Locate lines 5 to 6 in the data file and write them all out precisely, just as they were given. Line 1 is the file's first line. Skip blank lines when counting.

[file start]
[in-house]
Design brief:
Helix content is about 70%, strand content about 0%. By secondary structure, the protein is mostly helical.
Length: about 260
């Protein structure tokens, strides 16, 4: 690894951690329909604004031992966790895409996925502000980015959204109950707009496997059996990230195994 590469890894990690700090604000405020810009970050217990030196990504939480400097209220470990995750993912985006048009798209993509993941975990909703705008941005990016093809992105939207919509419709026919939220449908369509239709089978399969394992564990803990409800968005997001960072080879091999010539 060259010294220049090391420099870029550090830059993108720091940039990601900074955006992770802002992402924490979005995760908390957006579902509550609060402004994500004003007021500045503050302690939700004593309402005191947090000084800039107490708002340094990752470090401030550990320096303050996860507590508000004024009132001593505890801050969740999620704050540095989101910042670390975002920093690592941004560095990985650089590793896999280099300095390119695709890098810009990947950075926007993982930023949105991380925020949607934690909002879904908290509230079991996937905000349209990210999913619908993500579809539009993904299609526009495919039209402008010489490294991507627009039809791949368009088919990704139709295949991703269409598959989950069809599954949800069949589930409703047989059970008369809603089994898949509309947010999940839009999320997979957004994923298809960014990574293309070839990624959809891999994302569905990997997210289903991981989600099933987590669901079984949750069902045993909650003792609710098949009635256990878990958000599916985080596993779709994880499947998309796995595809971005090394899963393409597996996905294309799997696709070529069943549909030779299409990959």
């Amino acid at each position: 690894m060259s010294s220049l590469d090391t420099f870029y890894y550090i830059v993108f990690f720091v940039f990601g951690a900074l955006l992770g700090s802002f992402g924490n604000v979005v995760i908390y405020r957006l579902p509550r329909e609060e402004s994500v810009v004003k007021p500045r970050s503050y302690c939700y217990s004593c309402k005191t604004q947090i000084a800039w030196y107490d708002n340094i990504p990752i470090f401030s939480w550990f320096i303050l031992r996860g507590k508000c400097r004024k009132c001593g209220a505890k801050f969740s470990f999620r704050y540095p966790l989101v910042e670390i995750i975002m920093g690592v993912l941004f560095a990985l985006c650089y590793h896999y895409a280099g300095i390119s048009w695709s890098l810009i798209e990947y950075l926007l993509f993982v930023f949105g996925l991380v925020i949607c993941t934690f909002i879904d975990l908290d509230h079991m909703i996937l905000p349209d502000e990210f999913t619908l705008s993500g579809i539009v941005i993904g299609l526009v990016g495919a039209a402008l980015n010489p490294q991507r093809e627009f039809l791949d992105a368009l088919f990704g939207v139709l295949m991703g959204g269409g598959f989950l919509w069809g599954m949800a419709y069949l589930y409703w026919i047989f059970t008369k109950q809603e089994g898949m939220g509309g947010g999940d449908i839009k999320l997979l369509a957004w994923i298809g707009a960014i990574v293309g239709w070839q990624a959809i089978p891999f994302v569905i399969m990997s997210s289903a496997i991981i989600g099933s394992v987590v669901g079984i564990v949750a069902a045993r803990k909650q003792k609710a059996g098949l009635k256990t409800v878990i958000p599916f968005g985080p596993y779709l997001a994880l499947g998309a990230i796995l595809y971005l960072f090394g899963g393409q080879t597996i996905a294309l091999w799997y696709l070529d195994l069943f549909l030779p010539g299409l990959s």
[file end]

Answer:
């Protein structure tokens, strides 16, 4: 690894951690329909604004031992966790895409996925502000980015959204109950707009496997059996990230195994 590469890894990690700090604000405020810009970050217990030196990504939480400097209220470990995750993912985006048009798209993509993941975990909703705008941005990016093809992105939207919509419709026919939220449908369509239709089978399969394992564990803990409800968005997001960072080879091999010539 060259010294220049090391420099870029550090830059993108720091940039990601900074955006992770802002992402924490979005995760908390957006579902509550609060402004994500004003007021500045503050302690939700004593309402005191947090000084800039107490708002340094990752470090401030550990320096303050996860507590508000004024009132001593505890801050969740999620704050540095989101910042670390975002920093690592941004560095990985650089590793896999280099300095390119695709890098810009990947950075926007993982930023949105991380925020949607934690909002879904908290509230079991996937905000349209990210999913619908993500579809539009993904299609526009495919039209402008010489490294991507627009039809791949368009088919990704139709295949991703269409598959989950069809599954949800069949589930409703047989059970008369809603089994898949509309947010999940839009999320997979957004994923298809960014990574293309070839990624959809891999994302569905990997997210289903991981989600099933987590669901079984949750069902045993909650003792609710098949009635256990878990958000599916985080596993779709994880499947998309796995595809971005090394899963393409597996996905294309799997696709070529069943549909030779299409990959």
């Amino acid at each position: 690894m060259s010294s220049l590469d090391t420099f870029y890894y550090i830059v993108f990690f720091v940039f990601g951690a900074l955006l992770g700090s802002f992402g924490n604000v979005v995760i908390y405020r957006l579902p509550r329909e609060e402004s994500v810009v004003k007021p500045r970050s503050y302690c939700y217990s004593c309402k005191t604004q947090i000084a800039w030196y107490d708002n340094i990504p990752i470090f401030s939480w550990f320096i303050l031992r996860g507590k508000c400097r004024k009132c001593g209220a505890k801050f969740s470990f999620r704050y540095p966790l989101v910042e670390i995750i975002m920093g690592v993912l941004f560095a990985l985006c650089y590793h896999y895409a280099g300095i390119s048009w695709s890098l810009i798209e990947y950075l926007l993509f993982v930023f949105g996925l991380v925020i949607c993941t934690f909002i879904d975990l908290d509230h079991m909703i996937l905000p349209d502000e990210f999913t619908l705008s993500g579809i539009v941005i993904g299609l526009v990016g495919a039209a402008l980015n010489p490294q991507r093809e627009f039809l791949d992105a368009l088919f990704g939207v139709l295949m991703g959204g269409g598959f989950l919509w069809g599954m949800a419709y069949l589930y409703w026919i047989f059970t008369k109950q809603e089994g898949m939220g509309g947010g999940d449908i839009k999320l997979l369509a957004w994923i298809g707009a960014i990574v293309g239709w070839q990624a959809i089978p891999f994302v569905i399969m990997s997210s289903a496997i991981i989600g099933s394992v987590v669901g079984i564990v949750a069902a045993r803990k909650q003792k609710a059996g098949l009635k256990t409800v878990i958000p599916f968005g985080p596993y779709l997001a994880l499947g998309a990230i796995l595809y971005l960072f090394g899963g393409q080879t597996i996905a294309l091999w799997y696709l070529d195994l069943f549909l030779p010539g299409l990959s």